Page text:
September is Thyroid Cancer Awareness Month. Many people aren't aware that thyroid cancer is one of the few cancers that is actually on the rise in the United States. There's still a debate over whether the increase in cancer is real, or if the rate is the same, and the increasing numbers are the result of earlier and better detection of much smaller cancers. But there's no question that more Americans will be diagnosed with and treated for this cancer this year than in previous years, and the recent trend is an increase in patients each year.
Here are five important things to know about thyroid cancer.
1. Thyroid cancer may have no symptoms.
Some cases of thyroid cancer have absolutely no symptoms. In fact, some are detected only because x-rays or imaging tests on the neck or upper back area pick up the image of a suspicious thyroid nodule.
When thyroid cancer is symptomatic, typical symptoms include a palpable lump or nodule, a feeling of fullness in the throat, hoarseness, and difficulty swallowing. But again, one can be diagnosed with thyroid cancer, despite a lack of symptoms.
2. Small papillary thyroid cancer may not require aggressive treatment.
While the typical treatment for most thyroid cancer is a full thyroidectomy, followed by radioactive iodine (RAI) to kill of remnant thyroid tissue, experts are now saying that small papillary carcinomas may not require this full range of treatment.
Some recommend a watch-and-wait approach for papillary “microcarcinomas” — and researchers are now saying that if surgery is called for, cancerous nodules less than 4.0 cm in size may require only a lobectomy — a partial thyroidectomy in which only a lobe/half of the thyroid gland is removed — versus a full thyroidectomy.
3. It may not be thyroid cancer – but the biopsy may not give you that information.
When you have a suspicious thyroid nodule, the first step is usually a fine needle aspiration (FNA) biopsy, to look for cancer. If cancer is found, a thyroidectomy is usually scheduled. However, an FNA is not always conclusive. In the United States, an estimated 450,000 patients have suspicious thyroid nodules biopsied, and as many as 30% of those nodules are classified as “indeterminate” or “inconclusive.”
This means that they can’t rule out cancer, but it’s not clear. Until recently, doctors recommended these patients have a thyroidectomy.
In 70 to 80 percent of those patients with indeterminate nodules, the nodule ended up being benign — not cancerous — and the patient lost their thyroid gland, and required lifelong hypothyroidism treatment.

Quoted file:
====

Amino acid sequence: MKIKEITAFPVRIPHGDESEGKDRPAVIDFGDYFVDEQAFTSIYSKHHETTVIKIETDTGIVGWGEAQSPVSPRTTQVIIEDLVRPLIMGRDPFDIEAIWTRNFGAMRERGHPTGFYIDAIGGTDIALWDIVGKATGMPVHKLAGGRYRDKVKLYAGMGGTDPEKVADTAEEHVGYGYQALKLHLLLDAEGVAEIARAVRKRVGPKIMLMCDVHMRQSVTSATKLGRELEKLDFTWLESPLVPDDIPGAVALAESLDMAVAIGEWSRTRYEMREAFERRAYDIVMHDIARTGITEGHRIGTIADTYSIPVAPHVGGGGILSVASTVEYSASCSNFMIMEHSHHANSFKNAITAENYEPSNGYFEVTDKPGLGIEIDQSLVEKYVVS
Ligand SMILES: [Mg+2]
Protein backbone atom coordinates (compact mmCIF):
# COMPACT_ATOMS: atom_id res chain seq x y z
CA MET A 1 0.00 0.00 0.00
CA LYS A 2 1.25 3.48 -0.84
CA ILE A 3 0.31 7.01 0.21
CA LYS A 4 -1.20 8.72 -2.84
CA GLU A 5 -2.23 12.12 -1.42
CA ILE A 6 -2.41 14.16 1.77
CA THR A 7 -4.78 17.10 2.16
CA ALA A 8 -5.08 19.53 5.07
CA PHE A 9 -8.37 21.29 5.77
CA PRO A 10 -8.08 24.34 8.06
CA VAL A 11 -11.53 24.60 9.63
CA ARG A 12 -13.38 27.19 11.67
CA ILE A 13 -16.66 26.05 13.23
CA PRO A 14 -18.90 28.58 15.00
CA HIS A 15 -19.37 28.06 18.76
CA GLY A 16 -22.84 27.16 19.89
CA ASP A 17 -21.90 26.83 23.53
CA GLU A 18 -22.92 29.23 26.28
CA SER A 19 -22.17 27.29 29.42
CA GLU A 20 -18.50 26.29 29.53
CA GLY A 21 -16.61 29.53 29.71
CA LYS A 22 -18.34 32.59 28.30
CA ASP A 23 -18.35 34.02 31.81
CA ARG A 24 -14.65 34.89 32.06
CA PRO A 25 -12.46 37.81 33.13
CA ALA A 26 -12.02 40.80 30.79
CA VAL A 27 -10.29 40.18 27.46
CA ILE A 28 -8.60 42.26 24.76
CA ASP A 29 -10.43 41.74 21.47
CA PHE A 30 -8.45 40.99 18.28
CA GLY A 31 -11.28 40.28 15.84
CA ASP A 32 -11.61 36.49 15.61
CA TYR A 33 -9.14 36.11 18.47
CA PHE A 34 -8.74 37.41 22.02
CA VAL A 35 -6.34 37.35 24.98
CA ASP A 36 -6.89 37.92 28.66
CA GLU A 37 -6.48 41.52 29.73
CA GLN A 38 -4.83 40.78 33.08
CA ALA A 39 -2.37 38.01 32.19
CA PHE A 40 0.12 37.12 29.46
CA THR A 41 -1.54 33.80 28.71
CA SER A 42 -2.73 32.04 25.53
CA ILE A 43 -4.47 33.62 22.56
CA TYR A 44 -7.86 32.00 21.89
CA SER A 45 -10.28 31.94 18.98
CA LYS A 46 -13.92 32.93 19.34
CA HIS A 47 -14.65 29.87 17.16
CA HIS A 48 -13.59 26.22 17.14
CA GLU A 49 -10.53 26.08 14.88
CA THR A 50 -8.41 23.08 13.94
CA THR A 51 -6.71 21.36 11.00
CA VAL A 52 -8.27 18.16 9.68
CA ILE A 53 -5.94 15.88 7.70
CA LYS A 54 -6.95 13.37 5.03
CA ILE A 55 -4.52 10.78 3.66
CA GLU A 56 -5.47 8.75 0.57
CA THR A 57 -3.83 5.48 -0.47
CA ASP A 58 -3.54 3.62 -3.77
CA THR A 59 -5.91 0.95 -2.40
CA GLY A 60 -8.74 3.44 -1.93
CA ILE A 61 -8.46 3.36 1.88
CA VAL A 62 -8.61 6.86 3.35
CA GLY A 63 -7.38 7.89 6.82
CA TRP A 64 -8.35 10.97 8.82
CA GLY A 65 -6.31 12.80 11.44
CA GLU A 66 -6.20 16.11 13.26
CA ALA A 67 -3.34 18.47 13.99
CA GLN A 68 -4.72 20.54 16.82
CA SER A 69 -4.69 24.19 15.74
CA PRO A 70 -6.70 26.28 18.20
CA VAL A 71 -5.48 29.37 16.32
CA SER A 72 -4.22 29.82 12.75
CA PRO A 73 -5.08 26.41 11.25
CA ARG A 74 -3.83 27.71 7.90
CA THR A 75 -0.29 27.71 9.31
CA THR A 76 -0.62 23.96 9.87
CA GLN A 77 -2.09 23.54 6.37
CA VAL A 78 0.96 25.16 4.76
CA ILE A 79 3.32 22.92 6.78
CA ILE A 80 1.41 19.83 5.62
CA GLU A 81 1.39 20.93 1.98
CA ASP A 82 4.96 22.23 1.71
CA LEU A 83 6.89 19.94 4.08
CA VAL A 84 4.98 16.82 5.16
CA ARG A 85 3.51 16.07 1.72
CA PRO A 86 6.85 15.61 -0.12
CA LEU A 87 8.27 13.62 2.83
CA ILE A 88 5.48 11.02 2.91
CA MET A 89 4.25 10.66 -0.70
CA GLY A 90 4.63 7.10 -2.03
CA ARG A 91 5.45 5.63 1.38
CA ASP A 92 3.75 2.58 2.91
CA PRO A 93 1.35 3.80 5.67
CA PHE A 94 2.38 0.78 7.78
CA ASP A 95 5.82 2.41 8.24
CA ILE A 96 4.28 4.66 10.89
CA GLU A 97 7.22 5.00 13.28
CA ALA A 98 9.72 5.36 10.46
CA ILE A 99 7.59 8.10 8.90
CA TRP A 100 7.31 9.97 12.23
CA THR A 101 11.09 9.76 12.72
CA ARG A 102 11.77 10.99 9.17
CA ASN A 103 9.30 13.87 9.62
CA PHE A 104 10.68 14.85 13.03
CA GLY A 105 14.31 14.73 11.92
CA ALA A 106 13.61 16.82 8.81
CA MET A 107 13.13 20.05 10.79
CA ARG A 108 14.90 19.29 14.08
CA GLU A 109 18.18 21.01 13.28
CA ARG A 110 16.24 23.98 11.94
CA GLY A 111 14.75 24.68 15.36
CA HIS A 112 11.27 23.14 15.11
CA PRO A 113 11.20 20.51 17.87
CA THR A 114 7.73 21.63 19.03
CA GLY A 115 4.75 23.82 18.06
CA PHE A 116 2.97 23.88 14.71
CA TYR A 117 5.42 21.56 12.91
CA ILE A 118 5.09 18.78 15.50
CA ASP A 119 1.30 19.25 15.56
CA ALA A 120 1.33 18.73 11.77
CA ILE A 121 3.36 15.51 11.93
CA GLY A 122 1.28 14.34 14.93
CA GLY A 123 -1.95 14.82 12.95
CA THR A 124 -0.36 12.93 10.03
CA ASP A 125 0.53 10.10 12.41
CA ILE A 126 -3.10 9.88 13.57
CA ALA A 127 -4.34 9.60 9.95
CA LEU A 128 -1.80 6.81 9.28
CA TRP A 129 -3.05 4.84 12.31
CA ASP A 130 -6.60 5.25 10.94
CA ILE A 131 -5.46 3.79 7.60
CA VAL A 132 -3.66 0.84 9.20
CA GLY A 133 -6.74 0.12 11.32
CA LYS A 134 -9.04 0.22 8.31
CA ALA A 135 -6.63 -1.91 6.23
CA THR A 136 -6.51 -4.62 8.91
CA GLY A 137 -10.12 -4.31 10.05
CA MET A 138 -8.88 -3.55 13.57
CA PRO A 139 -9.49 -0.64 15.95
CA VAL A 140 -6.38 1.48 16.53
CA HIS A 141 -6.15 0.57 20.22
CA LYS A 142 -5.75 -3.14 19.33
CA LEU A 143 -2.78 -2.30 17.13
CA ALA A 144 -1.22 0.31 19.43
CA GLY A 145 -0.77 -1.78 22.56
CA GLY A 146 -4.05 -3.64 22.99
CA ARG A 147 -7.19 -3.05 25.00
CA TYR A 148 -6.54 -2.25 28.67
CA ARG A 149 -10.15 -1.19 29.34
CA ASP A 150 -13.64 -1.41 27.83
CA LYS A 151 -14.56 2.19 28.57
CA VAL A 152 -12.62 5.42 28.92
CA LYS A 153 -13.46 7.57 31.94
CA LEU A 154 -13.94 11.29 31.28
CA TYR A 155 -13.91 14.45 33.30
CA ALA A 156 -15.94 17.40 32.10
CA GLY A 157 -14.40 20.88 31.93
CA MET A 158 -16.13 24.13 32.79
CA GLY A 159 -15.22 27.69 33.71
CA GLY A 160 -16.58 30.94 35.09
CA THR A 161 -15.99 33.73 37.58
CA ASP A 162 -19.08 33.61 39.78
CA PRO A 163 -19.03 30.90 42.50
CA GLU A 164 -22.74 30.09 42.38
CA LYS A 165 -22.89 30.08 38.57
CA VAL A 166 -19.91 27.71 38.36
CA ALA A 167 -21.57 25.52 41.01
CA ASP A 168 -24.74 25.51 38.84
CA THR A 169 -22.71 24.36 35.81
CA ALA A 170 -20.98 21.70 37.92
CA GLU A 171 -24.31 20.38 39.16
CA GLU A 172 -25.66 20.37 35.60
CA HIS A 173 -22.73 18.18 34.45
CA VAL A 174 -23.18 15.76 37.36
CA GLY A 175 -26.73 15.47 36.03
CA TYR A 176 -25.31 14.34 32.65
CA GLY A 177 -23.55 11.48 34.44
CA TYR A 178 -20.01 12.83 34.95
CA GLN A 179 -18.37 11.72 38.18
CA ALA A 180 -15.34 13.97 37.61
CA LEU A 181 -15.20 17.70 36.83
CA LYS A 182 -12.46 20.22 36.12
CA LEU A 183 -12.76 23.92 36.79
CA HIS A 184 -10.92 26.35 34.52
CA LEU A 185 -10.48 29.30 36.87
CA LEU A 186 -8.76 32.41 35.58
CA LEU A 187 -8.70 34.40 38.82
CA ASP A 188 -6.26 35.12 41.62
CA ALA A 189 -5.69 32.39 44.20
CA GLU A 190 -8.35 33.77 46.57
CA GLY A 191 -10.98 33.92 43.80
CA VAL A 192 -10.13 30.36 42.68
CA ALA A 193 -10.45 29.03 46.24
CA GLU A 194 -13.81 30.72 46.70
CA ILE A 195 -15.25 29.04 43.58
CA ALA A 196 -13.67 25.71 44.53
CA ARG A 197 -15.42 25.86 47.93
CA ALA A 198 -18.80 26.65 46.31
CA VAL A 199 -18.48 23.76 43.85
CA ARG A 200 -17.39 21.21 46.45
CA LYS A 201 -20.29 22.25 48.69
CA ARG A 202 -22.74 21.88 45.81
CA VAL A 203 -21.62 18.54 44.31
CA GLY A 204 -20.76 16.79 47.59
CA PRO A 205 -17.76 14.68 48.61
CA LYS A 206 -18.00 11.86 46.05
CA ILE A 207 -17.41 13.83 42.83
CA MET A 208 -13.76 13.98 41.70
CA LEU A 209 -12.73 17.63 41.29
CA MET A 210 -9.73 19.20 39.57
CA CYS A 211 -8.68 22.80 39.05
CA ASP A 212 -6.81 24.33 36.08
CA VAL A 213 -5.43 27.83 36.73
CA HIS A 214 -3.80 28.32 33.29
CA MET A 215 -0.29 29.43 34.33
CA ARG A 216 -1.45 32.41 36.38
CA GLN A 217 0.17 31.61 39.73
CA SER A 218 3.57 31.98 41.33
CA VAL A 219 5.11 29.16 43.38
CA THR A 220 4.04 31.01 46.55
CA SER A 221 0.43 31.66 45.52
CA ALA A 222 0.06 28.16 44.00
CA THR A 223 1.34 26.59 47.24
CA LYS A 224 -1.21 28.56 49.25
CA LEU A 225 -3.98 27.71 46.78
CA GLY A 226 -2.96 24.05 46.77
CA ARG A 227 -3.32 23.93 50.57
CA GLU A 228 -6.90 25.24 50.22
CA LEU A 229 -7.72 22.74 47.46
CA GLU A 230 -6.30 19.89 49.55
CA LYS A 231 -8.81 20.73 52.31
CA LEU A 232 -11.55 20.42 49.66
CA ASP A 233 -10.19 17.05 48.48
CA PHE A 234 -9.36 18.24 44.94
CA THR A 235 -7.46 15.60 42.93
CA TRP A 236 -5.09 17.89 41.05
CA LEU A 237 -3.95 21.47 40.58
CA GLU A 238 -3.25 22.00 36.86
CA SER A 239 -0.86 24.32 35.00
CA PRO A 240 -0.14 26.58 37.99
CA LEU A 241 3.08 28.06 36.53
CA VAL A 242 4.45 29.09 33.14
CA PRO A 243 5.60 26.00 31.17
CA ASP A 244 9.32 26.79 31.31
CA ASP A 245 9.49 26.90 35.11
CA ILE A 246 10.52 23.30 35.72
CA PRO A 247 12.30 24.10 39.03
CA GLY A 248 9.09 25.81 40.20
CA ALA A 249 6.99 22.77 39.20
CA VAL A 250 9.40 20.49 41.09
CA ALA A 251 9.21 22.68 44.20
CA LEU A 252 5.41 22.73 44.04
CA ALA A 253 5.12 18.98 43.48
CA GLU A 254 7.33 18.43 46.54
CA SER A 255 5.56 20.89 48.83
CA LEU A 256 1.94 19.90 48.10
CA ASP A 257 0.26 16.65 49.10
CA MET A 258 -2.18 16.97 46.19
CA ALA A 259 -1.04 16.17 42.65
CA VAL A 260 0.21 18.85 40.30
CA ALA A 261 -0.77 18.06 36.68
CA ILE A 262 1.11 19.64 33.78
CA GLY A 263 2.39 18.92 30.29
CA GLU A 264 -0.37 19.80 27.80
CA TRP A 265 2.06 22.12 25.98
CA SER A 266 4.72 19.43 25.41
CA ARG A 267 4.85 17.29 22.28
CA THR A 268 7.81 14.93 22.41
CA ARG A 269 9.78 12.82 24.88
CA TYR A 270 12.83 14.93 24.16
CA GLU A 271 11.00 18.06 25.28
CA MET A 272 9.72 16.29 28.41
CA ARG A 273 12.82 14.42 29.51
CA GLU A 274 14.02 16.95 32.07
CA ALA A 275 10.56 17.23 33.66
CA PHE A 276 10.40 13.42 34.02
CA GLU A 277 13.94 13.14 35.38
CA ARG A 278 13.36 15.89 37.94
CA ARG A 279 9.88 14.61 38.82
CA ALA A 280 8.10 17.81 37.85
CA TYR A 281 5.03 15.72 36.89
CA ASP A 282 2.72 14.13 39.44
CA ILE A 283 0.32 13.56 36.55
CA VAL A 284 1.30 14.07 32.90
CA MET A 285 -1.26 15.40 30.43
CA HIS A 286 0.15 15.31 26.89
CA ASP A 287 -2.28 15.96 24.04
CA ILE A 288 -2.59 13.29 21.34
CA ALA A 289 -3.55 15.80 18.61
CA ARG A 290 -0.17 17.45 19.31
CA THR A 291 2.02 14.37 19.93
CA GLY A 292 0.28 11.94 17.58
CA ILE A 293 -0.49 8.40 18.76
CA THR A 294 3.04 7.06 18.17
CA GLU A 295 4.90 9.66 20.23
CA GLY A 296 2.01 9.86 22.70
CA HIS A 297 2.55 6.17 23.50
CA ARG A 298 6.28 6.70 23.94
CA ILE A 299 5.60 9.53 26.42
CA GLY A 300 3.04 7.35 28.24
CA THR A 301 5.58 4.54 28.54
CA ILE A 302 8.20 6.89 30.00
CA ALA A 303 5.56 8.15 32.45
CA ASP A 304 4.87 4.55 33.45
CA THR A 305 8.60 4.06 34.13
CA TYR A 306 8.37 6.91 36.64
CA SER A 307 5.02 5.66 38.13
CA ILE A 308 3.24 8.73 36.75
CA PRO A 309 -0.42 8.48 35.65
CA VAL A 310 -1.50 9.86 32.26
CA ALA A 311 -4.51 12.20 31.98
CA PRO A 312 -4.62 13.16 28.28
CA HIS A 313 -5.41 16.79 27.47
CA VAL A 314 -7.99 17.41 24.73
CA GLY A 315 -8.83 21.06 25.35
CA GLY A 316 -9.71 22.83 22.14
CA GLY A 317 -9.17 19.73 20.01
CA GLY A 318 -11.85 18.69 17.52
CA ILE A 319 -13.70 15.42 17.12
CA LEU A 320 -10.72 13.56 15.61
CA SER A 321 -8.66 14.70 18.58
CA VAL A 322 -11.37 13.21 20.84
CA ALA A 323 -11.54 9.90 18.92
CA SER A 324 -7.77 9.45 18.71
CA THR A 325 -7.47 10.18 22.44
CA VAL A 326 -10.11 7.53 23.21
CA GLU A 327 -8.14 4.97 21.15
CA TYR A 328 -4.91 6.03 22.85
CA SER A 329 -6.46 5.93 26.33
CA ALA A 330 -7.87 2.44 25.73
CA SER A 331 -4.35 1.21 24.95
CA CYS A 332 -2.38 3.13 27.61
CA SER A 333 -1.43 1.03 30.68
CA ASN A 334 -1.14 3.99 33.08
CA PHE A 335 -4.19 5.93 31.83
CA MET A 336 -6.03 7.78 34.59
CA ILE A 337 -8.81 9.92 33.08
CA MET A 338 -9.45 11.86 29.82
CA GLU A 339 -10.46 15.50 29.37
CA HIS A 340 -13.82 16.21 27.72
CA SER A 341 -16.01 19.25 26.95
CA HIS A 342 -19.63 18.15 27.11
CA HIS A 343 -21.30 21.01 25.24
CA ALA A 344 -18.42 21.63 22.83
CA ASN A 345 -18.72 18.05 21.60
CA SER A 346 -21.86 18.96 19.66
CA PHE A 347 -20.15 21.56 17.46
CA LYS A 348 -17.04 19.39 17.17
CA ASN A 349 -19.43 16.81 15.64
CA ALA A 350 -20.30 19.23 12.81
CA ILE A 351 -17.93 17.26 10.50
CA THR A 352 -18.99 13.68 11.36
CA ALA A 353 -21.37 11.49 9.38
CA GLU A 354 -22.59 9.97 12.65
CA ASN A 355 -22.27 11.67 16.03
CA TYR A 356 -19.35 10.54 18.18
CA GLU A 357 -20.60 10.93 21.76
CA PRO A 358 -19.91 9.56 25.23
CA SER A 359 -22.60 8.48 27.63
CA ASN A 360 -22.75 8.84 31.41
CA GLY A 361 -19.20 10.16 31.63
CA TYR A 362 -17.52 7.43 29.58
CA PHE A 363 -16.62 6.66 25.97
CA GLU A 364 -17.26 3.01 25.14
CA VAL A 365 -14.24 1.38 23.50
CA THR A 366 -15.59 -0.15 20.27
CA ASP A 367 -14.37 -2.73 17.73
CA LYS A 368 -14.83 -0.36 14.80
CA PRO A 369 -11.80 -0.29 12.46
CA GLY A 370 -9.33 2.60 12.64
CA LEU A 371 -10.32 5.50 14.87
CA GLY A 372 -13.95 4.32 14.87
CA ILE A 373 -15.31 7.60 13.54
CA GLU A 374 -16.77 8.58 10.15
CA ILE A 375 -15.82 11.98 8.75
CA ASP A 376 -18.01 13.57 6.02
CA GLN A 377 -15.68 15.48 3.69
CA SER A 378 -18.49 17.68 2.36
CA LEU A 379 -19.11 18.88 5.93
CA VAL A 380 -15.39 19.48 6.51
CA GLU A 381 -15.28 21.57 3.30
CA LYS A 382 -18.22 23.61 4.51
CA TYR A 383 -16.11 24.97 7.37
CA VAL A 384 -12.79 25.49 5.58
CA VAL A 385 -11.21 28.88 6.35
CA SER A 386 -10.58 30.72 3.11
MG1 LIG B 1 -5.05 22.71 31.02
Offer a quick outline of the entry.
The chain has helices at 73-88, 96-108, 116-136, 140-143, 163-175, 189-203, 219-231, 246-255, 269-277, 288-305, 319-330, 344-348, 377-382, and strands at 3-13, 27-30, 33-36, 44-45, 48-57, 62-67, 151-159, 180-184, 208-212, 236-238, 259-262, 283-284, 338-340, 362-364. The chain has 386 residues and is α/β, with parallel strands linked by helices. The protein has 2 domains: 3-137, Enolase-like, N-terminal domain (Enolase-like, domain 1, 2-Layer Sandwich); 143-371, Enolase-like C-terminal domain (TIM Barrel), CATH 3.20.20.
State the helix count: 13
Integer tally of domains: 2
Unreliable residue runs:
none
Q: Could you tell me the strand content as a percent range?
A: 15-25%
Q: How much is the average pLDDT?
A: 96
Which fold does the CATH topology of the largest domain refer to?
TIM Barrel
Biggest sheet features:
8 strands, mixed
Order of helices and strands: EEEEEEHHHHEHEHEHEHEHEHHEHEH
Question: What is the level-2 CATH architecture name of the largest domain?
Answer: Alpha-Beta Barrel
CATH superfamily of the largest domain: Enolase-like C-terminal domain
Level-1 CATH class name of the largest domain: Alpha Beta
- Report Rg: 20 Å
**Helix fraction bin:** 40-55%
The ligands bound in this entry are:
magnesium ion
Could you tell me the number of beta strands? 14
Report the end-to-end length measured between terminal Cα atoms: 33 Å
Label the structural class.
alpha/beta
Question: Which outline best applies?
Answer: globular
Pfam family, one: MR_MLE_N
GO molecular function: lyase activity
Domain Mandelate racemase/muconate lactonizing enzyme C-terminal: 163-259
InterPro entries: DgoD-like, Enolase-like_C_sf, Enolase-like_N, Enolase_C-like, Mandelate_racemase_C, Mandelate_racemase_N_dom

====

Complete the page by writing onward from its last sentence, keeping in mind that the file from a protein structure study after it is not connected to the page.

A test called the Veracyte Afirma Thyroid Analysis, however, when conducted on the FNA results, can provide near conclusive results and eliminate most indeterminate/inconclusive FNA results, as well as surgeries for benign nodules.
4. You may not need to go off your thyroid hormone replacement for a scan.
After thyroid cancer patients have had surgery, and radioactive iodine to eliminate any thyroid tissue remnants, patients must go on thyroid hormone replacement drugs — like Synthroid, Levoxyl, Tirosint, Nature-throid, Armour, etc. — to replace the body’s missing thyroid hormone. But in the past, periodically, these patients have had to go off their medications, wait for their TSH to reach high levels (i.e., 30, 40 etc.) and go through weeks of profound and debilitating hypothyroidism, prior to a scan to detect any cancer recurrence.
In recent years, however, a drug called Thyrogen has been used to help patients avoid this difficult hypothyroid period. Patients go off their thyroid hormone replacement and get a dose of Thyrogen, which allows for an accurate scan — without hypothyroidism symptoms.
Not all situations are suitable for Thyrogen, but there are definitely patients in the U.S. who could benefit from this drug who are still not getting it prior to their scans.
5. Thyroid cancer patients face an increased risk of a second cancer.
While most forms of thyroid cancer – especially at Stages I, II and III — are highly survivable, many thyroid cancer patients are not told that they face an overall 30% increased risk of developing a second primary cancer. That risk is highest in the first year after treatment for non-melanoma skin cancer, prostate cancer, kidney cancer, adrenal gland cancer, and non-Hodgkin’s lymphoma.
Over time, there are also elevated risks for other types of cancer, including:
- salivary gland
- small intestine
- soft tissue sarcoma
- female breast
- parathyroid gland
Thyroid cancer patients should, therefore, be sure to focus attention on optimizing their health, and taking other cancer-preventative measures. (An excellent resource is the book Radical Remission: Surviving Cancer Against All Odds.